# The Mead Calculator

# 19 Comments

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- The NewBee Giude to Making Mead - Appendix 5: Instructions for Using the Mead Calculator - Got Mead? The Largest Mead Resource on the Web - […] The Mead Calculator […]
- The NewBee Guide to Making Mead - Chapter 8: Recipe Calculations - Got Mead? The Largest Mead Resource on the Web - […] The Mead Calculator […]

Who knows what I have done! I started with five gallons of local cider and 8 pounds of honey. Original gravity of this was 1.084. I reracked after a month, added another gallon of cider and then let it sit for six months on the advice of a local brew master. I just recently bottled a third of it for still cyser and gave the rest priming sugar and will then bottle this. The final or current gravity as I added the priming sugar was 1.012. What can I expect from the change of gravity for a current alcohol content or from the remaining change?

It is hard to say without a detailed recipe. Best bet is to post this on the GotMead forums at http://www.gotmead.com/forum/ and see what you end up with.

I’ve done that man. It’s going to be good, but it’s going to taste a lot like apple wine.

I make a very simple but heady mead. I use 12 pounds of honey in 2.5 gallons of water and pitch lalvin 71b-122 yeast. It can take the high alcohol content. I let it sit for about four months. The result is a sweet strong mead around 20% abv. If you can drink a 20 oz viking mug of this stuff, you’re a warrior indeed!

The Mead Calculator says to use 2 lbs of sugar per gallon to get 12% ABV. I.E. 100 lb sugar for 50 gallons. The tables in a book I have say to use 2 lb 6 oz per gallon (C.J.J.Berry First steps in winemaking). That is sugar added IN a gallon accounting for the increased volume, rather then sugar added TO a gallon which would be 2 lbs 12 oz per gallon, which would add 27 fl oz volume per gallon.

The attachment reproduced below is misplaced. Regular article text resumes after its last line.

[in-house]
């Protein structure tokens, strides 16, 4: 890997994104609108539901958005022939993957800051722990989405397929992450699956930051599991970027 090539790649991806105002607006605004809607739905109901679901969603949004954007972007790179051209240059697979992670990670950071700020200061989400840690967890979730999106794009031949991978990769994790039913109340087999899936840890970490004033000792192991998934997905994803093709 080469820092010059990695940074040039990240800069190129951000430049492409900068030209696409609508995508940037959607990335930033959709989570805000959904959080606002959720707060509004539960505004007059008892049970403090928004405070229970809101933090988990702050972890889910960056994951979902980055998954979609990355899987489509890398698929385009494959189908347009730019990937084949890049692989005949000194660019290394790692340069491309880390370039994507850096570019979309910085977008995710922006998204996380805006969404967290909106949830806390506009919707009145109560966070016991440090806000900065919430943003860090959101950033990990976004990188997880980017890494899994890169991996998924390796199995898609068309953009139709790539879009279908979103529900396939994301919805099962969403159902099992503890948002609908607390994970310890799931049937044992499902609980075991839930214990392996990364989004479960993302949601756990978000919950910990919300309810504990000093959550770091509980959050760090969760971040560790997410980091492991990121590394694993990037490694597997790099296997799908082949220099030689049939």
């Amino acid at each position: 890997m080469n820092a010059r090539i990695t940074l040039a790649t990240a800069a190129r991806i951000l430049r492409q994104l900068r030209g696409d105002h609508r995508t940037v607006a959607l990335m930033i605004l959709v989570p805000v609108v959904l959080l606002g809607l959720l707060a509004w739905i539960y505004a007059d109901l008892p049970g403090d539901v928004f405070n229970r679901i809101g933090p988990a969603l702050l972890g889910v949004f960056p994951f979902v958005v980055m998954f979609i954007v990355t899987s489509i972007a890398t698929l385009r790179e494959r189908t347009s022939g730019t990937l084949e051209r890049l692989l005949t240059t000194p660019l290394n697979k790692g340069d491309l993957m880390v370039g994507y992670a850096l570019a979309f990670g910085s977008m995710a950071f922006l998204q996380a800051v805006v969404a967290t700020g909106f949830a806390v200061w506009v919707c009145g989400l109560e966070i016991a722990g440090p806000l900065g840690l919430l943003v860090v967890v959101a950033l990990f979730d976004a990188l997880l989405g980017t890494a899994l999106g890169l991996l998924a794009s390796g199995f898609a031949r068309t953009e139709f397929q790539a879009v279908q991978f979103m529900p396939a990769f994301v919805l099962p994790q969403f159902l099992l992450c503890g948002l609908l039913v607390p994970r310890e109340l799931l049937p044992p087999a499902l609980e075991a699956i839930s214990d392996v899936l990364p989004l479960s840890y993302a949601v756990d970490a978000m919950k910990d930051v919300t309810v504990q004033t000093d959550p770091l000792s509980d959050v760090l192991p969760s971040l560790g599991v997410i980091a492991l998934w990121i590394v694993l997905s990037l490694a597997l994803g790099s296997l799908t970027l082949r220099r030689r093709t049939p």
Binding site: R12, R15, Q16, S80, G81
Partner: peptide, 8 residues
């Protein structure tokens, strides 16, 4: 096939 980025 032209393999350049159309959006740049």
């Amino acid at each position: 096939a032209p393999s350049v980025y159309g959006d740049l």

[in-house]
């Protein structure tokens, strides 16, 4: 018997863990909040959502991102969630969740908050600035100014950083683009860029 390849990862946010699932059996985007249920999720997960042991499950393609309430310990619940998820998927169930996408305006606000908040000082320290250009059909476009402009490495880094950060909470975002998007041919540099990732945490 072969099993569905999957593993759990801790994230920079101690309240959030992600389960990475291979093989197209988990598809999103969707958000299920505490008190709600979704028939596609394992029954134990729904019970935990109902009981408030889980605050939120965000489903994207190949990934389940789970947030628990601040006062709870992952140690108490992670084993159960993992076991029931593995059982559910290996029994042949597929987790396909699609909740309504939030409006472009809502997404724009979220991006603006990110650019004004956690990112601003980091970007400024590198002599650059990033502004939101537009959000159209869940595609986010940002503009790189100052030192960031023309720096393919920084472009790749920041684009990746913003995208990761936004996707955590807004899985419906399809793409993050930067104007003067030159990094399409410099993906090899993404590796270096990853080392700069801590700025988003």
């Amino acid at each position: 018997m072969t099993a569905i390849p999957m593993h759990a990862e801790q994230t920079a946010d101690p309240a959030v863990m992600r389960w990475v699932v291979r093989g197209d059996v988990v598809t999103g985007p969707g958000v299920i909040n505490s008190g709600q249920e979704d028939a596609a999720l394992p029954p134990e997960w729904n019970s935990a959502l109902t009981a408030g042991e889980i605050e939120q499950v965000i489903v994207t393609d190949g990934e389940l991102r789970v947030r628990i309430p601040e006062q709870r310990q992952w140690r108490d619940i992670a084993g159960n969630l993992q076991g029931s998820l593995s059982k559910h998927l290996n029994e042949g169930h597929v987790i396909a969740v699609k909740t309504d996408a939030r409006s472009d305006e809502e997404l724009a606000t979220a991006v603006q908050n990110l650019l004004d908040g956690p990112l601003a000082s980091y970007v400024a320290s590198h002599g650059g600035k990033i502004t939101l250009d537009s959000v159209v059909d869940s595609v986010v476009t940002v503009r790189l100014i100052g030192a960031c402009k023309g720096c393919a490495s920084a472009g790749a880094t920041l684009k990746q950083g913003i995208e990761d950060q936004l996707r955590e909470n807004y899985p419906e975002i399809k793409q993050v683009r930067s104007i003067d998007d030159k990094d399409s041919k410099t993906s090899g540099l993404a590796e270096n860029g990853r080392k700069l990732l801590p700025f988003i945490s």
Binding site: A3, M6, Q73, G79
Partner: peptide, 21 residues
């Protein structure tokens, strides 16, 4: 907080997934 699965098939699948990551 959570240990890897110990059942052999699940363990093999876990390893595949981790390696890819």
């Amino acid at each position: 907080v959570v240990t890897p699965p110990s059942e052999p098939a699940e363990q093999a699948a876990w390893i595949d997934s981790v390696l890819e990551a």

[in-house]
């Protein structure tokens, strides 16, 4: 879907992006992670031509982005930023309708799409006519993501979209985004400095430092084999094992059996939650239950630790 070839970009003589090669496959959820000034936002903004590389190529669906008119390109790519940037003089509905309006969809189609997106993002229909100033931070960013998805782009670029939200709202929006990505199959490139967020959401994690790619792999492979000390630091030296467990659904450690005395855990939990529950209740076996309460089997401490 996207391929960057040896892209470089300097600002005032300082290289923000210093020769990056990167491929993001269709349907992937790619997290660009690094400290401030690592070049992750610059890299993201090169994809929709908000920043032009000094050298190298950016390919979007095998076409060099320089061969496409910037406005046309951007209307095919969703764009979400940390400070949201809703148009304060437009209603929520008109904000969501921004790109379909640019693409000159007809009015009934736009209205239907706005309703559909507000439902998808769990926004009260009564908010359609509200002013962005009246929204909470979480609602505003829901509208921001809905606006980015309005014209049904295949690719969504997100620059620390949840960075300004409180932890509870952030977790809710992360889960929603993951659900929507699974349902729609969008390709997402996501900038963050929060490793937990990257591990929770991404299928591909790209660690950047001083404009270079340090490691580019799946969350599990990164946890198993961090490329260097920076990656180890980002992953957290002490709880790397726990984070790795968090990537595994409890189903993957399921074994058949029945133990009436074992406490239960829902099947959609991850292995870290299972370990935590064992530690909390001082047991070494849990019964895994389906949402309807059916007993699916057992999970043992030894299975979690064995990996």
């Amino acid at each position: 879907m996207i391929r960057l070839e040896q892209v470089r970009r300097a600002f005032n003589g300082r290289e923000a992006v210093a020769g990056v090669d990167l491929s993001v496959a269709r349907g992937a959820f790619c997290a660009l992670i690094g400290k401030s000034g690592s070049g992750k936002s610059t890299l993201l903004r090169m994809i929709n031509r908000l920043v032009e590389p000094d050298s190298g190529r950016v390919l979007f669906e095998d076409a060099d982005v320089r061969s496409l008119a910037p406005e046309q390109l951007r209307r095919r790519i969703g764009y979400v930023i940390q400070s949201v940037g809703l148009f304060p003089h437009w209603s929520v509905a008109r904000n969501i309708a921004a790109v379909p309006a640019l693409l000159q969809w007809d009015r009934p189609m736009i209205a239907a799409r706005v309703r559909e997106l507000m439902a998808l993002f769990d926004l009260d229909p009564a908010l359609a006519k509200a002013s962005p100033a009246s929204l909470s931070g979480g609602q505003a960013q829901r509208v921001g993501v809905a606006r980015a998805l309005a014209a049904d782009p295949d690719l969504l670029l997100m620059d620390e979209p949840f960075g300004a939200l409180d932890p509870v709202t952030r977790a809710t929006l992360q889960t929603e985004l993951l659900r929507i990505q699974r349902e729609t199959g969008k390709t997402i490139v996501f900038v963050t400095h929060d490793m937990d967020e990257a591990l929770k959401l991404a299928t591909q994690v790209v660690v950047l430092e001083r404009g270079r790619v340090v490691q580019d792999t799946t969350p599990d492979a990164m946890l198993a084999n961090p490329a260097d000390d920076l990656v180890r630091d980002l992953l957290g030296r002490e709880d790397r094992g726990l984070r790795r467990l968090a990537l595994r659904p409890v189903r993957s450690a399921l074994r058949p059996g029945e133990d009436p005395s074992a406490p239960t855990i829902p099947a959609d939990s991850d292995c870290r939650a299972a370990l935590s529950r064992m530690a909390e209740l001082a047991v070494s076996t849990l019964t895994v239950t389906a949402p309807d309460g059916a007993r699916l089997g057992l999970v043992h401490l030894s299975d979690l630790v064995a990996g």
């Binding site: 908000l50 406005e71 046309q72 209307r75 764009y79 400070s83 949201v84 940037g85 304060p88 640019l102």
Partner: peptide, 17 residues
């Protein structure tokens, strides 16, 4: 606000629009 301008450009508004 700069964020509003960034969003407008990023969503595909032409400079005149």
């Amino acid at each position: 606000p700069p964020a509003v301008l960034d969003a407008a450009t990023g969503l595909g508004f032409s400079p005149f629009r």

Keep in mind that mead uses honey as the main fermentable, it’s not generally recommended to add sugar, that is a wine thing.

really big thankyou for the calculator !!!

dumped 4 litres of apple juice, jar of honey, fermented (and after much searching online found here (stood on hydrometer (> …not when pissed honest!);

nice to know i will be fuelled with ‘12.34% ABV’ “apfel wine” prior to another rubbish christmas with family.

thanks!!!

You are very welcome, I’m glad it helped!! I’m working on finding someone to create the calculator as an app as well.

Hi Vicky. My name is Don Rowe from Texas I’m just getting started on making my first batch of mead. I’m just wondering if the app you where talking about is up yet. Thanks.

Hi Don. No, we haven’t got an app yet, finding the right person and raising the funds to create it haven’t happened yet.

Is there any way to measure the ABV when using cider instead of water (trying to make a cyser). Thanks

Hi Jake! Yes, you’ll need to use a hydrometer to measure both your initial SG and your final SG to get your ABV on a batch.

Is the Calculator working? It never calculates anything no matter what I input?

Also the help page seems to be missing!

It should be there.

It should be working. I’ve updated the help file, there was a typo.

Love your calculator Vicky, have helped work out the sugar % in the local Australian honey, as well as many other batches

It’s been an absolute saviour for many of my meads

Appreciate the amazing work that you do

So glad it’s helping, Regan!!

Vicky, I’ve noted a discrepancy between the directions and the calculator’s behaviour. It’s not serious but could stand correction.

When using the calculator to calculate the amount of extra fermentables needed to increase the SG to a goal gravity (Appendix 5, Example #3), I found that the calculator will calculate the TOTAL amount of honey required for the recipe, NOT the difference.

The calculator will derive the correct amount if (and ONLY if) the batch size is entered in the ‘Current Volume’ field. The directions in Appendix 5 do not include entering this information. It was obvious to me and experimental entries quickly confirmed it, but a NewBee might find it confusing; it might be well to amend the directions accordingly.

This is a wonderful calculator. Thanks to All who developed, presented and host it!

Thanks for the heads up, I’ll do some updates.